I am slowly revising my book, The White Racial Frame, for a second edition. A new white activist acquaintance in Minnesota sent me this comment in response to my questions to some folks of diverse backgrounds up there working in several effective anti-racism groups. She first made some kind comments on the book’s virtues, but then noted a discussion in the book that needs much more amplification and discussion:
Your research regarding the level of continuing negative stereotyping of people of color, through purposefully coded front-stage communications and through blatant back-stage communications, is most compelling. White readers of The White Racial Frame come away from the book much more able and motivated to interrupt these racist performances. What I would also hope to see more of in the second edition is articulation of the ways in which progressive/liberal/radical social justice activists (some likely readers of your book) act out of the white racial frame, making their organizations and themselves toxic to people of color. Why are almost all the liberal progressive organizations in Minnesota (environmental activists, child care advocacy groups, affordable housing lobbying groups, etc) virtually exclusively white?
Such white folks disavow any racist thinking on their own part and decry it in others. But in what ways are they reproducing the white racial frame in their personal interactions and within these progressive organizations? Clearly they are acting out of the frame, but they are (seemingly) completely unaware of this. On page 128, you point out that highly-educated whites often think and write, unreflectively, out of a strong and unexamined version of the white racial frame. “Holding that [white] racial frame in their heads, but trying to suppress overt actions reflecting it, whites frequently send powerful nonverbal signals, as real feelings … leak out into cross-racial interactions. “ (p. 135)
What forms do such subconscious performances of dominance and assumed superiority take? How do whites typically manifest the power and privilege of their social location in unconscious ways? What is being communicated non-verbally, and how is that being done? What assumptions are controlling our behaviors? In what multitude of ways on a daily basis do we assume that the white experience is also the experience of people of color, with that assumption informing our perceptions, feelings and understandings?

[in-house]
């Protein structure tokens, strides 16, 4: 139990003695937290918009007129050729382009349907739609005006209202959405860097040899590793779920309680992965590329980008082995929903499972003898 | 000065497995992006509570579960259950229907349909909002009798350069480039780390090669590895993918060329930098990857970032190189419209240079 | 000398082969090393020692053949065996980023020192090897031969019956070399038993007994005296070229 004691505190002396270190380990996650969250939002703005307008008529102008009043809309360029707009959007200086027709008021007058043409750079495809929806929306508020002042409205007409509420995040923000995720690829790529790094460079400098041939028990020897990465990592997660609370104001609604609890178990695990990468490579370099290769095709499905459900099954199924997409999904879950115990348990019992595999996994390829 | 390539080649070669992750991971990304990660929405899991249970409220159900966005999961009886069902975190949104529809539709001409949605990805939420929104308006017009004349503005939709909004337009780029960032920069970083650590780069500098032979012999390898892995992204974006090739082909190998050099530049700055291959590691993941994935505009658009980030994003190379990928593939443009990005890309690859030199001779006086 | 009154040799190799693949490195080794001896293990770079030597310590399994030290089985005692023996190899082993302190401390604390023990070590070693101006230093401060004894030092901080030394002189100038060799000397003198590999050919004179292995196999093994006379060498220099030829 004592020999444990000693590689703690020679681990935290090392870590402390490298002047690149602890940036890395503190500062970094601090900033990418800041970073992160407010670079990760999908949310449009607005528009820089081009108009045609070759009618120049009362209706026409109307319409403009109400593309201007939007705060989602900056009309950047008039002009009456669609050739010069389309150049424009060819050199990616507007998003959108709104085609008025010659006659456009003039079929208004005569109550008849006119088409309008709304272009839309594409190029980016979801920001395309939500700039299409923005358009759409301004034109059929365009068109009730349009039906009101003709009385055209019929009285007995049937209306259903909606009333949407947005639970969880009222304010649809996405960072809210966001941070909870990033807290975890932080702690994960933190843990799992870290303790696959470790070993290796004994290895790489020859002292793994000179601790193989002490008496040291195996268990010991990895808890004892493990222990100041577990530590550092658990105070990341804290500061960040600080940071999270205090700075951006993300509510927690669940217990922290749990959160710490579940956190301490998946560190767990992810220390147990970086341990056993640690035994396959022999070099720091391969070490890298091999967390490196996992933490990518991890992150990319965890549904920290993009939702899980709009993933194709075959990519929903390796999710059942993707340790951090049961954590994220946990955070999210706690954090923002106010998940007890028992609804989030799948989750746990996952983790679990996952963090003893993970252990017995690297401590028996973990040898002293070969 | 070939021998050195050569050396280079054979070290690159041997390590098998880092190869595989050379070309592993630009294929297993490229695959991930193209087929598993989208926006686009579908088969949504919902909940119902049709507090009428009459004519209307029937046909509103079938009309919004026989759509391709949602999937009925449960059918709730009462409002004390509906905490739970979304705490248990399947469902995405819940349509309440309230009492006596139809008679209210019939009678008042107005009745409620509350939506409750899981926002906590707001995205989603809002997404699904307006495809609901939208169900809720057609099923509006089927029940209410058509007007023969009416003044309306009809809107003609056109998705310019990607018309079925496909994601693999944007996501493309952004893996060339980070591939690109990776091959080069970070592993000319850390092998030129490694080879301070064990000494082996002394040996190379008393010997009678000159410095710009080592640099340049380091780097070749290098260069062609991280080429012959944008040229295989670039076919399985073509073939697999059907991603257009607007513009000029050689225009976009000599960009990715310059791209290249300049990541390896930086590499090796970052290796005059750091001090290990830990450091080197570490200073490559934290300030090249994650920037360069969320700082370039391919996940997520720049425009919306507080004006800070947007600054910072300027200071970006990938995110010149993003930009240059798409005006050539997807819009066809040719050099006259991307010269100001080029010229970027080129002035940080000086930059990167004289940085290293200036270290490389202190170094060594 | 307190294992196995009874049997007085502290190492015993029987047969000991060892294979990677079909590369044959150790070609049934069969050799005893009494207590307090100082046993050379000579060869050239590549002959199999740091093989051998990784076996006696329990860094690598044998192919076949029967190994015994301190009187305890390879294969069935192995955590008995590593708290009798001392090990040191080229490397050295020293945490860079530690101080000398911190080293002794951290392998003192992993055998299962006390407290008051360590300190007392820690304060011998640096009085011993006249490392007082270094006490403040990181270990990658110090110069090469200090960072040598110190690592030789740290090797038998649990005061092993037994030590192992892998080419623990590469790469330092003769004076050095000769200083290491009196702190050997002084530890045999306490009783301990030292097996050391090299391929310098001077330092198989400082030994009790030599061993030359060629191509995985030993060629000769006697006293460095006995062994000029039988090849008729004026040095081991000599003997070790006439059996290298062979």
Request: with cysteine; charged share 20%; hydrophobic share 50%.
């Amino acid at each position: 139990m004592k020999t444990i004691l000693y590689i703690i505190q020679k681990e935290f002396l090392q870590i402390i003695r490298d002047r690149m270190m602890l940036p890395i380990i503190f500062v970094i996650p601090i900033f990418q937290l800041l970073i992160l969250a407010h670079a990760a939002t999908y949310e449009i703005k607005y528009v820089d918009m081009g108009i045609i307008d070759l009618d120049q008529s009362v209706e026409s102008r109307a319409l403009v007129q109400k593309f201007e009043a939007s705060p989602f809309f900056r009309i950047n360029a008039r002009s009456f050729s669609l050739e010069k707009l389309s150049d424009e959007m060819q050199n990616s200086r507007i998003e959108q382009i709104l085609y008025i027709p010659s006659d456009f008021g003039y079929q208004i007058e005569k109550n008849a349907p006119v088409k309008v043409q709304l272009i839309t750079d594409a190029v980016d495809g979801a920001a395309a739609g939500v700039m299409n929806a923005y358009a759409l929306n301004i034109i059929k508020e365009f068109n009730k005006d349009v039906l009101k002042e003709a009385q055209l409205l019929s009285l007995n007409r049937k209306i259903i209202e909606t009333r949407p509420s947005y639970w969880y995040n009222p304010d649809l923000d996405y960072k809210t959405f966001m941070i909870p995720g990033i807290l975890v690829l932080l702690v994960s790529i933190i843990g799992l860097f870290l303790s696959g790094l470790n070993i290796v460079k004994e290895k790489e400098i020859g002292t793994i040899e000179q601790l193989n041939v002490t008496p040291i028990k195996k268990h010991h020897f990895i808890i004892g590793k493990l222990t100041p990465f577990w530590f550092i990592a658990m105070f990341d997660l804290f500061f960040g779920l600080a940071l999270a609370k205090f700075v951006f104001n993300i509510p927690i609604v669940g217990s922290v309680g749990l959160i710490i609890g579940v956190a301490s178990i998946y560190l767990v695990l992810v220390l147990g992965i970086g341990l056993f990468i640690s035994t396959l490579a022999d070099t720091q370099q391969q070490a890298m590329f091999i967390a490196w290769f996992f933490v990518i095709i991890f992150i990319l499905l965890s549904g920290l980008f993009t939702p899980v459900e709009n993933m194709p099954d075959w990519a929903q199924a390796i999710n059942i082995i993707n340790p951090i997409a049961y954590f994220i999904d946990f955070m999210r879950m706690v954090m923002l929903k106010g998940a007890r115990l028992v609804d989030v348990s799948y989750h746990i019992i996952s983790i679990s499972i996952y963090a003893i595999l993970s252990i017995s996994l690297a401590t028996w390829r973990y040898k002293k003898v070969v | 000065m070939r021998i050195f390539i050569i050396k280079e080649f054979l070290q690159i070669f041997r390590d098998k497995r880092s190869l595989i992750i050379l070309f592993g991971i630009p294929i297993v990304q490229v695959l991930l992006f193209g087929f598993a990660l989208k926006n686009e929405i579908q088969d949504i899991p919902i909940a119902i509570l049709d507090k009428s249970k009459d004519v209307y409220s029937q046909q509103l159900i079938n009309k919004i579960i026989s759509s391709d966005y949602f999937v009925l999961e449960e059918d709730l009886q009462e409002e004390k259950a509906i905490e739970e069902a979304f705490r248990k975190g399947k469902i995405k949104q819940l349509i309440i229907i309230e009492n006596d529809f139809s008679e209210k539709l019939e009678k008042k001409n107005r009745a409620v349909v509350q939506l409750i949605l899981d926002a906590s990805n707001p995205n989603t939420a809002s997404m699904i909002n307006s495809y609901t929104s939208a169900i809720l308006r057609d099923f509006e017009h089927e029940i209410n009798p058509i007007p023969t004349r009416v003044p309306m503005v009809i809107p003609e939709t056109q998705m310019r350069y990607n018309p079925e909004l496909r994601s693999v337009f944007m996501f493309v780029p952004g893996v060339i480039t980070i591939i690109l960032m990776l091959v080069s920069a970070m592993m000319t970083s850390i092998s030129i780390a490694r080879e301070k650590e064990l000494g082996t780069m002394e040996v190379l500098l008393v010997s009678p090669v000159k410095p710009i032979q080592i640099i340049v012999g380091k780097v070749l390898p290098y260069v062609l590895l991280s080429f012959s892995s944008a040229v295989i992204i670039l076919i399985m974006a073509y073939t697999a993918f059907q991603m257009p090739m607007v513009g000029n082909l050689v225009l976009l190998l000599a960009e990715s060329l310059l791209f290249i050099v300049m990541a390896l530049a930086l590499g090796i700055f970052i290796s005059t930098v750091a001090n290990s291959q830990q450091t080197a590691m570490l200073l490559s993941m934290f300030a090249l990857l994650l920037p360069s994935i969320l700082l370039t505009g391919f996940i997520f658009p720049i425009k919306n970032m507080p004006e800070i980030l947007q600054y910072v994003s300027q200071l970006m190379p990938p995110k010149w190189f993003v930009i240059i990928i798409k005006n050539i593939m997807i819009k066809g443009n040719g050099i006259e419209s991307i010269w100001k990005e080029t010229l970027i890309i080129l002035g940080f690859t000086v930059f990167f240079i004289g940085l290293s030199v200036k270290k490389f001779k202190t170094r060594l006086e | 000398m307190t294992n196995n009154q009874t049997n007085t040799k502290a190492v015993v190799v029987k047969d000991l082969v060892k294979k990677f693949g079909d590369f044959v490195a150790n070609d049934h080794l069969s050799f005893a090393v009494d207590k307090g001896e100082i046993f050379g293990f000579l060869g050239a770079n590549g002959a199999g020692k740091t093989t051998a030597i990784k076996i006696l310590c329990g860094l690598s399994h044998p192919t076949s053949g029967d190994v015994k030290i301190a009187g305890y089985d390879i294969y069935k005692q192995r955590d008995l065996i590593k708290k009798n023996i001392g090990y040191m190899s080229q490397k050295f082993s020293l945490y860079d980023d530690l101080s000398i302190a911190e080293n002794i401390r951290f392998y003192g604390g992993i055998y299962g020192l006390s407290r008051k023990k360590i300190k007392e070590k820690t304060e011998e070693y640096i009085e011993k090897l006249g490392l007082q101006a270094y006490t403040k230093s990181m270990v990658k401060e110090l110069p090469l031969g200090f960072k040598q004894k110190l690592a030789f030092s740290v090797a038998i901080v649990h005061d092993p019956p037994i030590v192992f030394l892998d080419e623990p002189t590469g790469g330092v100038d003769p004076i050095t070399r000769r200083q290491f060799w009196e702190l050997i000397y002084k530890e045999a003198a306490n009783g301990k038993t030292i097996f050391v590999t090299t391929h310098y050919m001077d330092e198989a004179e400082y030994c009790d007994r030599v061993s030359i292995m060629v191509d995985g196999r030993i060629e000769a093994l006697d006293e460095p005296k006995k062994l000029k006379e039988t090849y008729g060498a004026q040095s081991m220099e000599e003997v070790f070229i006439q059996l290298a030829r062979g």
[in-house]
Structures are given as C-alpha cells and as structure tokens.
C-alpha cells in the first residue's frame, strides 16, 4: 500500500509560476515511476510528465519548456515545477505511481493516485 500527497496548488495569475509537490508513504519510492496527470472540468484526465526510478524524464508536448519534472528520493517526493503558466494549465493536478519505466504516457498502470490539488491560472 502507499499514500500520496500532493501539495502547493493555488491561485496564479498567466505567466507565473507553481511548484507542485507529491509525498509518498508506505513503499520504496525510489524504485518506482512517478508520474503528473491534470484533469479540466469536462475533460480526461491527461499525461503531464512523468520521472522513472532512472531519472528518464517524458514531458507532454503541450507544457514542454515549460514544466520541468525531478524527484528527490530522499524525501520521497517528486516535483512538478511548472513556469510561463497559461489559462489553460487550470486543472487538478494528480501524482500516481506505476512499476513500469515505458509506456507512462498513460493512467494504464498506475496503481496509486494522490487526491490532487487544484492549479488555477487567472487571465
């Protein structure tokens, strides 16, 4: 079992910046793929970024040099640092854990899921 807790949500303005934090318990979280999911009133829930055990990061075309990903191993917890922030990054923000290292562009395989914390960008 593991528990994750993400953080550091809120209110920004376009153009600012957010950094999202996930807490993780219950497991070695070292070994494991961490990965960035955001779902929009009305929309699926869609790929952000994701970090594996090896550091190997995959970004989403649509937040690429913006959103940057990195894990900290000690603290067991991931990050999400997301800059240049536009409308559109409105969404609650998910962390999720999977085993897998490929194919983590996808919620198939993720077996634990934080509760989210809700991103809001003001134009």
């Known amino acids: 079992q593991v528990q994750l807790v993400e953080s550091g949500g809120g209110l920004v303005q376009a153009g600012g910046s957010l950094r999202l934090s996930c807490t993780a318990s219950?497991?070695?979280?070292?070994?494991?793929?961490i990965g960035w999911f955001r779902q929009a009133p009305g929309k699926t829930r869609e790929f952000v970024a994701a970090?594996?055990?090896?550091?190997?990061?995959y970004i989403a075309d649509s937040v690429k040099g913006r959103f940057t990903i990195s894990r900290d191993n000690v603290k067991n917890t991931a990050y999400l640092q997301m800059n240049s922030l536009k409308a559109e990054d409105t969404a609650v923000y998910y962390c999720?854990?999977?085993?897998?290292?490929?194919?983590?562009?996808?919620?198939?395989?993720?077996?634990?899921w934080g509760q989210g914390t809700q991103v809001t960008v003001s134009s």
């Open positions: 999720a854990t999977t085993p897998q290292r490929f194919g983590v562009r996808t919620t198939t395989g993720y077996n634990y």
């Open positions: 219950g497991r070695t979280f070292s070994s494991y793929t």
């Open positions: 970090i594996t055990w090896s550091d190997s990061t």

In the social networks I am part of, people of color tend to find these subconscious white behaviors more damaging than the explicit racial references whites engage in.
She and a Black colleague she works with then added that they
have found very little in the literature naming, surveying or researching such subconscious performances. So anything you could contribute to the understanding of this would be appreciated. Your book, with its articulated focus on the White Racial Frame, provides and ideal time and place for those of us who are white to consider such issues.
Because of her (and their) insightful, and on target comments, I have been thinking a lot about this way liberal/radical/progressive/anti-racist whites do conscious, half-conscious, or unconscious racialized and white-framed performances that alienate people of color and make organization difficult or impossible across the racial lines. Indeed, in a request earlier today about examples of what she is talking about, one of my Latino graduate students sent me this response as I was finishing up this post:
[She] raises an interesting point of the lack of interracial organizing. From my own experiences organizing in the Logan Heights (predominantly Mexican/Chicano) community in San Diego, white leftist/radical organizations and individuals such as C.P. USA, ACORN, labor unions (i.e. S.E.I.U), American Friends Service Committee often approach issues as “leaders” and don’t do enough to understand/involve the perspectives/concerns of the minority community. In essence, white progressives often (my own experience) have a difficult time relating to a non-white constituency, I suspect it due to race and class and the power/status discrepancy they create. Blee’s (2012) Democracy in the Making study of grassroots in Pittsburgh, PA also notes the lack of interracial organizing, and it resulting from white progressives who often talk about diversity/expanding their base. The book does not do enough to investigate the reason behind the lack of cross-racial outreach (but did cite in one case how white activists did not feel safe flying in minority communities.)
Very good points, indeed.
I would also welcome your thoughts on these matters (in the comments, for example), and any existing research or discussions you may have seen on these very important issues. Thanks.